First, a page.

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Halley is a lunar impact crater that is intruding into the southern wall of the walled plain Hipparchus. Its diameter is 35 km. The crater is named after the English astronomer Edmond Halley.[1] On the 1645 map by Michael van Langren, the crater is called Gansii, for the gansa (a kind of wild swan) of Francis Godwin's The Man in the Moone.[2] To the southwest of Halley is the large crater Albategnius, and due east lies the slightly smaller Hind.

Halley crater AS16-M-0982.jpg
Apollo 16 image
Coordinates8°00′S 5°42′E / 8.0°S 5.7°E / -8.0; 5.7Coordinates: 8°00′S 5°42′E / 8.0°S 5.7°E / -8.0; 5.7
Diameter35 km
Depth2.5 km
Colongitude355° at sunrise
EponymEdmond Halley
Hind (upper right centre) and Halley (upper left centre) from Apollo 16. At top right is Hipparchus C. Hind C is south of Hind. NASA photo.

The rim of Halley is somewhat worn, and a scar in the lunar surface passes through the western rim, forming a valley that runs to the south-southeast, near the rim of Albategnius. The interior floor of Halley is relatively flat.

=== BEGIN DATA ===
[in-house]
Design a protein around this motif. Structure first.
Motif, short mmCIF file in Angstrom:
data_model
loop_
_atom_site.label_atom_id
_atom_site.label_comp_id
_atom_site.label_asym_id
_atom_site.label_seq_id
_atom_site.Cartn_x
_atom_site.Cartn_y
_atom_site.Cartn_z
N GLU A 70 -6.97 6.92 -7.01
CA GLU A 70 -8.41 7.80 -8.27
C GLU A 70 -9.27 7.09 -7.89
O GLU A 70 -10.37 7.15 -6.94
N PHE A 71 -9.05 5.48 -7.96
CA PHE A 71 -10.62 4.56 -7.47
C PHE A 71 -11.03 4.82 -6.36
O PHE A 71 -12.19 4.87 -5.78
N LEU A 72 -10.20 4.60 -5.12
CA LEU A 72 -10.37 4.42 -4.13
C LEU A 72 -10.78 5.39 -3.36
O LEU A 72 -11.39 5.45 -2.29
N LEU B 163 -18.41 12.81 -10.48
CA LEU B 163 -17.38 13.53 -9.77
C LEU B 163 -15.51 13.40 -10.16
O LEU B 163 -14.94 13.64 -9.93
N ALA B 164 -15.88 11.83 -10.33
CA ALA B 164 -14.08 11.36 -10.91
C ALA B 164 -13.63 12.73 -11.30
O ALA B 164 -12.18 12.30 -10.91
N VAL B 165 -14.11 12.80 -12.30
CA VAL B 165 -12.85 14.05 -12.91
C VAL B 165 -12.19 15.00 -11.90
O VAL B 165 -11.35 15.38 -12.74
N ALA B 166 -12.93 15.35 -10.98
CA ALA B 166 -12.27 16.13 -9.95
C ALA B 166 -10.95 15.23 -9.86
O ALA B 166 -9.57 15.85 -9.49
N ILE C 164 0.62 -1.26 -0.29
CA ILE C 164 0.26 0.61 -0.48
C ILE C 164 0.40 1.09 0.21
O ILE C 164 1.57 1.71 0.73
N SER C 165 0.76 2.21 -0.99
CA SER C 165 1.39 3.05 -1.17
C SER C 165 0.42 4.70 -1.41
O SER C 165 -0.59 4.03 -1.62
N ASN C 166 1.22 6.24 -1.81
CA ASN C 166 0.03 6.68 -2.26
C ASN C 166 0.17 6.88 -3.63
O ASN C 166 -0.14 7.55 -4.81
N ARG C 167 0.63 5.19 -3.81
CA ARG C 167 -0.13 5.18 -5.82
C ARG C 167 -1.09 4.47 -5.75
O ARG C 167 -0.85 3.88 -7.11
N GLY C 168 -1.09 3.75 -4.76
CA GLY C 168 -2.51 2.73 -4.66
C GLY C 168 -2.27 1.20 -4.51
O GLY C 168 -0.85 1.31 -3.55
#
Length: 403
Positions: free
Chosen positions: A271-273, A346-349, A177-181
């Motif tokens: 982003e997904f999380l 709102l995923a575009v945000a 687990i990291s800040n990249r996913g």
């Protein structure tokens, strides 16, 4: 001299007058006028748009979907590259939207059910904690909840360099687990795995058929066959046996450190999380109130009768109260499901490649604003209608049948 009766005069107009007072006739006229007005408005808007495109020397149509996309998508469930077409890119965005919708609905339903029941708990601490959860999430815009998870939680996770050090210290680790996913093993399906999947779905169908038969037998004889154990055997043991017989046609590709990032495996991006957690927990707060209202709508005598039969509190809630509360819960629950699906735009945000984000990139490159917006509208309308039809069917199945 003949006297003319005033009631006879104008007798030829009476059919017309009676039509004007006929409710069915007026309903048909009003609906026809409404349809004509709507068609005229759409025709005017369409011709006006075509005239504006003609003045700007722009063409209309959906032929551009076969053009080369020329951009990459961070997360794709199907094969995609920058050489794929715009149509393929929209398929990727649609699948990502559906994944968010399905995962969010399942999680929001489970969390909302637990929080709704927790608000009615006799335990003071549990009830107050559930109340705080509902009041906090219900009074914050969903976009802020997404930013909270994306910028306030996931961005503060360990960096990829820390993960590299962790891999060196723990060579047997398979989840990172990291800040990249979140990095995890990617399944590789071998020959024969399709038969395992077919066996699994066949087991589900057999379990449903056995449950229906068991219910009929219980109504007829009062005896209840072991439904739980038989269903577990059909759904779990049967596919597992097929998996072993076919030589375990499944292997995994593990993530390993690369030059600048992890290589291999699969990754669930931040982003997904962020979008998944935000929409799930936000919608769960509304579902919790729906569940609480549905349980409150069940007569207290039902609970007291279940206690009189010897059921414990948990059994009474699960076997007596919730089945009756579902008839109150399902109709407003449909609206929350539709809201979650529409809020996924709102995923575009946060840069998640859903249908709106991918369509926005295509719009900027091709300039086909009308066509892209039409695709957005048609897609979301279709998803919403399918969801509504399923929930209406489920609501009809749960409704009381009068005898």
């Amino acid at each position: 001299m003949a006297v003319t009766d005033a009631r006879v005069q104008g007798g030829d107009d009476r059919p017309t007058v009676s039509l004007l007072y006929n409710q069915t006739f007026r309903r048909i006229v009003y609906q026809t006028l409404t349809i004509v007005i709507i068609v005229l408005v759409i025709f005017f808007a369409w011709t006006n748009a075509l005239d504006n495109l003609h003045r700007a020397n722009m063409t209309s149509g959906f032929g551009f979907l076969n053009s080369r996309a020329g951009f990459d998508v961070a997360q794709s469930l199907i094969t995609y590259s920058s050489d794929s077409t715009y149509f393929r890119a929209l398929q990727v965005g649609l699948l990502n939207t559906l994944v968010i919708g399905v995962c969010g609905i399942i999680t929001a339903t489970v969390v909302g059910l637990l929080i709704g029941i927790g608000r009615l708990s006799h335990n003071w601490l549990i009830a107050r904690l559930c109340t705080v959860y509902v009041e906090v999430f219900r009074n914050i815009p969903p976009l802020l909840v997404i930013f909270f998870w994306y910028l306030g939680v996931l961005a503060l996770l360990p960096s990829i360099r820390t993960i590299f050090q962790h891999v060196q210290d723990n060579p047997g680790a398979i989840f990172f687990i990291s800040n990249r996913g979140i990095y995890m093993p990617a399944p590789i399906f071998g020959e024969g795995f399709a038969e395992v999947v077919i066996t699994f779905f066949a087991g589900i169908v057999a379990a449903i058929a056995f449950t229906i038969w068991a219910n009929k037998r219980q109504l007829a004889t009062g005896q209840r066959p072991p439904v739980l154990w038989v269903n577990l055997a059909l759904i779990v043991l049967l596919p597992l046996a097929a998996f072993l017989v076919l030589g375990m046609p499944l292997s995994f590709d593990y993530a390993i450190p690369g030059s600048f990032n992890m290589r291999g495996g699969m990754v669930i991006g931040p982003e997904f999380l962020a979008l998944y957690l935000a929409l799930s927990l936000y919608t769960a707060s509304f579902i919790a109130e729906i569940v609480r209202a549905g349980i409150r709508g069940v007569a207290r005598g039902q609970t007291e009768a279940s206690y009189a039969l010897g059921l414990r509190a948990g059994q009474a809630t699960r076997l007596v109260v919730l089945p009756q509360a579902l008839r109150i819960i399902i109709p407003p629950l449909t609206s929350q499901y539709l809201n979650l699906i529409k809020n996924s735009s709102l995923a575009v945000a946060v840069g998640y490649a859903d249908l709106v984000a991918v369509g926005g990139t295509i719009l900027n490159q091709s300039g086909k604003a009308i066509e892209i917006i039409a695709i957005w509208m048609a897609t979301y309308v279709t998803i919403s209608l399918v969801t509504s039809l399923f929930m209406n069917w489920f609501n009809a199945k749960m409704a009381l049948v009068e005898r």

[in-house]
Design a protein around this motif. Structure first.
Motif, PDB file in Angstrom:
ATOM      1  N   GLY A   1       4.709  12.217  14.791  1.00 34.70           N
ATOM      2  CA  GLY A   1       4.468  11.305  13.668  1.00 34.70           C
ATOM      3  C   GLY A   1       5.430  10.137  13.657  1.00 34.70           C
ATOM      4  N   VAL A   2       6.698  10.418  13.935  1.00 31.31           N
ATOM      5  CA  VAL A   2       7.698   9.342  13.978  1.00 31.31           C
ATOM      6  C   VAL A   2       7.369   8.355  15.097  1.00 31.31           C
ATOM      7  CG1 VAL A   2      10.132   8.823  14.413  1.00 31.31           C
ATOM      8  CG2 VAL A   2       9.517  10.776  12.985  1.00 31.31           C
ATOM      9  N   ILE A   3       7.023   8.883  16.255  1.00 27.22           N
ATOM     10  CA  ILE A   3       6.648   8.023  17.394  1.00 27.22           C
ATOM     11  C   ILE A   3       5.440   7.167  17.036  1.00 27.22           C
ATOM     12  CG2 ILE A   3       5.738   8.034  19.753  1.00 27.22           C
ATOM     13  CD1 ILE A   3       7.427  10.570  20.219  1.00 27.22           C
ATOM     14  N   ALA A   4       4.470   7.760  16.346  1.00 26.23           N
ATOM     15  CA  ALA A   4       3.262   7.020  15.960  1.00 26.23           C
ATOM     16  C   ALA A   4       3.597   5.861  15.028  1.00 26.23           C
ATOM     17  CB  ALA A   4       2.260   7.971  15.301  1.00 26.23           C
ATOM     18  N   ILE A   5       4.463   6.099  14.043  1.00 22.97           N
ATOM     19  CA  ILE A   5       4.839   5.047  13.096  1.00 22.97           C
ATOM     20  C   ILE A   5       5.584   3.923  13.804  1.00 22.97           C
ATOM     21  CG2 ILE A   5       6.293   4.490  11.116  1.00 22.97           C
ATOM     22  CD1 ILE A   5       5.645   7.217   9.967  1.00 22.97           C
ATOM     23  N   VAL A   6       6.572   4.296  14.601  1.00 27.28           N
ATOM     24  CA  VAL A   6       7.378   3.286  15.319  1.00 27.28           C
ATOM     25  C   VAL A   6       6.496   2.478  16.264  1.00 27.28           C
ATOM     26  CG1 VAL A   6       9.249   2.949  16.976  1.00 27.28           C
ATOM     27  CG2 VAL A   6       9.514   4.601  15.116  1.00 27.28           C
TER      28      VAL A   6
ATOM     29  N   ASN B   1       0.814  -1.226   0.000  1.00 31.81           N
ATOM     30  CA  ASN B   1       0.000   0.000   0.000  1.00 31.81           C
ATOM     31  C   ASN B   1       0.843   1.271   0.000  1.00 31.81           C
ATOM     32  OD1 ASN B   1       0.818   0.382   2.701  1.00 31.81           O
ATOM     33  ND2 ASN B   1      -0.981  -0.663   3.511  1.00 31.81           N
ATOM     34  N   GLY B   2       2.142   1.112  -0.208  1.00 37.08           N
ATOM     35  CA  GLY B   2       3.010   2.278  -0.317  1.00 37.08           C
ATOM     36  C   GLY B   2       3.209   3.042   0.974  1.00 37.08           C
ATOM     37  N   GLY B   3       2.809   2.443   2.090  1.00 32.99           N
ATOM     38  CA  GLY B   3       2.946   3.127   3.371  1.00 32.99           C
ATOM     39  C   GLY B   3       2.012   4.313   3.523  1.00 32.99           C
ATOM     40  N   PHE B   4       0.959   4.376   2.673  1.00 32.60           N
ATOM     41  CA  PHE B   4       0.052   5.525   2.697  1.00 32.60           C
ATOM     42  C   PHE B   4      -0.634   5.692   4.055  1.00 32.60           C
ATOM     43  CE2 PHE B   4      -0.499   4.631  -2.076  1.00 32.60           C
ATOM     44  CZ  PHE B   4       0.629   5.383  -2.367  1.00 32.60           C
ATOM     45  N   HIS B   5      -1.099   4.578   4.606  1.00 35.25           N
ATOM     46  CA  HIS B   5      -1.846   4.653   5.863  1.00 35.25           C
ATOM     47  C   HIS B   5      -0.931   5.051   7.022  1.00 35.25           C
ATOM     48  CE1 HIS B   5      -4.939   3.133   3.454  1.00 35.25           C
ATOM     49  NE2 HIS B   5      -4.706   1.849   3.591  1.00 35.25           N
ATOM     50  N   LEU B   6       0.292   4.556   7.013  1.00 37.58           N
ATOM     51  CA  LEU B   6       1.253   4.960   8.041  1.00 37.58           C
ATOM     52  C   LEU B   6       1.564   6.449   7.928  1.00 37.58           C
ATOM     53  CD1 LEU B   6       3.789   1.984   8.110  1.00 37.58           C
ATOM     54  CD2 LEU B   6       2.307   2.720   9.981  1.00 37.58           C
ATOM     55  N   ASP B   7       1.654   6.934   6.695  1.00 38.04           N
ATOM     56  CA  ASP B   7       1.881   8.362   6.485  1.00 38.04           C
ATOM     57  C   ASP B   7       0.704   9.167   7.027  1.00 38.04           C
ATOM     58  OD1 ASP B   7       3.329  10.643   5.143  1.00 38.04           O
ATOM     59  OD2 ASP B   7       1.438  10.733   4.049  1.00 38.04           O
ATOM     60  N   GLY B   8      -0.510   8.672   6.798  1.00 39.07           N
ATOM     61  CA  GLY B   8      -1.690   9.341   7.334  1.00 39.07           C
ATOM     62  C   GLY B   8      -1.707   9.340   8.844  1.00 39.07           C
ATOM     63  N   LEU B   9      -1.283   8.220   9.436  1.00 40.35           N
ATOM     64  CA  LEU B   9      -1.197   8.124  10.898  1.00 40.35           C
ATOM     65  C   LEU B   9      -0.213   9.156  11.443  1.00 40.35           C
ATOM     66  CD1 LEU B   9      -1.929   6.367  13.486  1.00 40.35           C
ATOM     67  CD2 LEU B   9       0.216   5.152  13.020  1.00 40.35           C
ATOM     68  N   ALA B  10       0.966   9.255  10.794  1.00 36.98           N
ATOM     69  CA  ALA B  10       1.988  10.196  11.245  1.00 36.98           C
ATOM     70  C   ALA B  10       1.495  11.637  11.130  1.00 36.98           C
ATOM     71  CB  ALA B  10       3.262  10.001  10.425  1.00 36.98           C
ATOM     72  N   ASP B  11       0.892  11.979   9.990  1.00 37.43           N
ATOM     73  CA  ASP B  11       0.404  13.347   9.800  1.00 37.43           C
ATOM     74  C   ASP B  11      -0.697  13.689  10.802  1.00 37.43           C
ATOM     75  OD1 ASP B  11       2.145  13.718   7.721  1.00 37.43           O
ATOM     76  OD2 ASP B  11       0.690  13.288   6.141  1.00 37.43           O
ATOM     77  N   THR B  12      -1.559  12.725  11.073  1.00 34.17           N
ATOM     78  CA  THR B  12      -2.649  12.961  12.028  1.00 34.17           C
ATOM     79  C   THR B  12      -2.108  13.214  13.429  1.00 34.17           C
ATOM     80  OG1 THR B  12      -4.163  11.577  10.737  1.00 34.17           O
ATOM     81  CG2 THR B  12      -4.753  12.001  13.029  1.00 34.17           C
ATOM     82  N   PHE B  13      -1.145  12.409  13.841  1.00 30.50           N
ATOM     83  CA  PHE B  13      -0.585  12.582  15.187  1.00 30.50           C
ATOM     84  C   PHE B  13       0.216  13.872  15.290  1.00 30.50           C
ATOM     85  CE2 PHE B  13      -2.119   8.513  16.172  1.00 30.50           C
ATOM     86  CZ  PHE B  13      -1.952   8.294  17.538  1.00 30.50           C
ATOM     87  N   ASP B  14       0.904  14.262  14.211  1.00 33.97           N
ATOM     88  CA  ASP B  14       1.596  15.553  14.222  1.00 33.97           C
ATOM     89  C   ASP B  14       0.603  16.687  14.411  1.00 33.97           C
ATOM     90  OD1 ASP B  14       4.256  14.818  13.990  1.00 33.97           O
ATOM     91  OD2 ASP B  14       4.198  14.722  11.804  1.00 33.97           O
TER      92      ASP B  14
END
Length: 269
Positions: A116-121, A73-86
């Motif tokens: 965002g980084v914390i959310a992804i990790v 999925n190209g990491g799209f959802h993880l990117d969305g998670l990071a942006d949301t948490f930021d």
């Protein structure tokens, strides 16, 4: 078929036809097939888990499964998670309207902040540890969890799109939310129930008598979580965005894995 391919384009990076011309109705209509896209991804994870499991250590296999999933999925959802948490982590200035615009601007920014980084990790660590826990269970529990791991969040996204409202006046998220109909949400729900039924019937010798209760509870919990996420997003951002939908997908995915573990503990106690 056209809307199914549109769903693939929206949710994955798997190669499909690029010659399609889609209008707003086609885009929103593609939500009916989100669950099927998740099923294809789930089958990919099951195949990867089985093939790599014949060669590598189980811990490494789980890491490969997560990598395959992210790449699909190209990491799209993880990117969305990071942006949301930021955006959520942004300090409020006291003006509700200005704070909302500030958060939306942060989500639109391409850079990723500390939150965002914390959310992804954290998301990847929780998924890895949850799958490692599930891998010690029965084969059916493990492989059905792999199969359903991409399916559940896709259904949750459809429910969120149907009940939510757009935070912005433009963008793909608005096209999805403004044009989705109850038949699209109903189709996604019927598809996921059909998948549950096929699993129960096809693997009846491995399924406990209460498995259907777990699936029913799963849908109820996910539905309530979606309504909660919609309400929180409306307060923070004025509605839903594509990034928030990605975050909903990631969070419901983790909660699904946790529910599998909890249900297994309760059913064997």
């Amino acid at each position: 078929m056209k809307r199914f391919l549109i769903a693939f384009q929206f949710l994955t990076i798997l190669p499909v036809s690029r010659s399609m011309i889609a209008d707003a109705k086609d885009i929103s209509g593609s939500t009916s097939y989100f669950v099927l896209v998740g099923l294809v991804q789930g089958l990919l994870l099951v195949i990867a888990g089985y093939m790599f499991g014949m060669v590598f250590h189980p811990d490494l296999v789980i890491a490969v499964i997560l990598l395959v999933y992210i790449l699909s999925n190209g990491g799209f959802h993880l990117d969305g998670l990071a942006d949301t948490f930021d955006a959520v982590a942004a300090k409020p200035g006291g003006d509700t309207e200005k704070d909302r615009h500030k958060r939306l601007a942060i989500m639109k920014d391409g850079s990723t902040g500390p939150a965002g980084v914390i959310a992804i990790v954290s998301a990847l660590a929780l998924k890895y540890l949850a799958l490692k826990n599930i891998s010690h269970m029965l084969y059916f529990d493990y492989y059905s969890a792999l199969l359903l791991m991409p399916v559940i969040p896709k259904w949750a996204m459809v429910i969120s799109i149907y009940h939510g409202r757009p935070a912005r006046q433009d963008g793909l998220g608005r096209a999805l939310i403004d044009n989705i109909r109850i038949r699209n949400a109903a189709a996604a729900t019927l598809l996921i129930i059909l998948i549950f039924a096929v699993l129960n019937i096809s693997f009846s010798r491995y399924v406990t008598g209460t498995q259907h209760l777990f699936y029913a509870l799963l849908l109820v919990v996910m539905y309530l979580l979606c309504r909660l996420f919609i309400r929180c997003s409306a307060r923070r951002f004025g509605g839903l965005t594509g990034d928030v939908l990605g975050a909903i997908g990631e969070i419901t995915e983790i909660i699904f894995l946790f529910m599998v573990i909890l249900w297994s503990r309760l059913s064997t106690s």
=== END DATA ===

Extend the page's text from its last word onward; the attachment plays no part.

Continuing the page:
Satellite cratersEdit

Halley crater and its satellite craters taken from Earth in 2012 at the University of Hertfordshire's Bayfordbury Observatory with the telescopes Meade LX200 14" and Lumenera Skynyx 2-1

By convention these features are identified on lunar maps by placing the letter on the side of the crater midpoint that is closest to Halley.

Halley Latitude Longitude Diameter
B 8.5° S 4.5° E 6 km
C 8.9° S 6.6° E 5 km
G 9.1° S 5.6° E 5 km
K 8.6° S 5.9° E 5 km


  1. ^ "Halley (lunar crater)". Gazetteer of Planetary Nomenclature. USGS Astrogeology Research Program.
  2. ^ Poole, William (2009), "Introduction", in Poole, William (ed.), The Man in the Moone, Broadview, pp. 13–62, ISBN 978-1-55111-896-3

Further readingEdit

External linksEdit

Related articleEdit

  • Wood, Chuck (May 27, 2007). "Drawings". Lunar Photo of the Day. Archived from the original on September 10, 2017.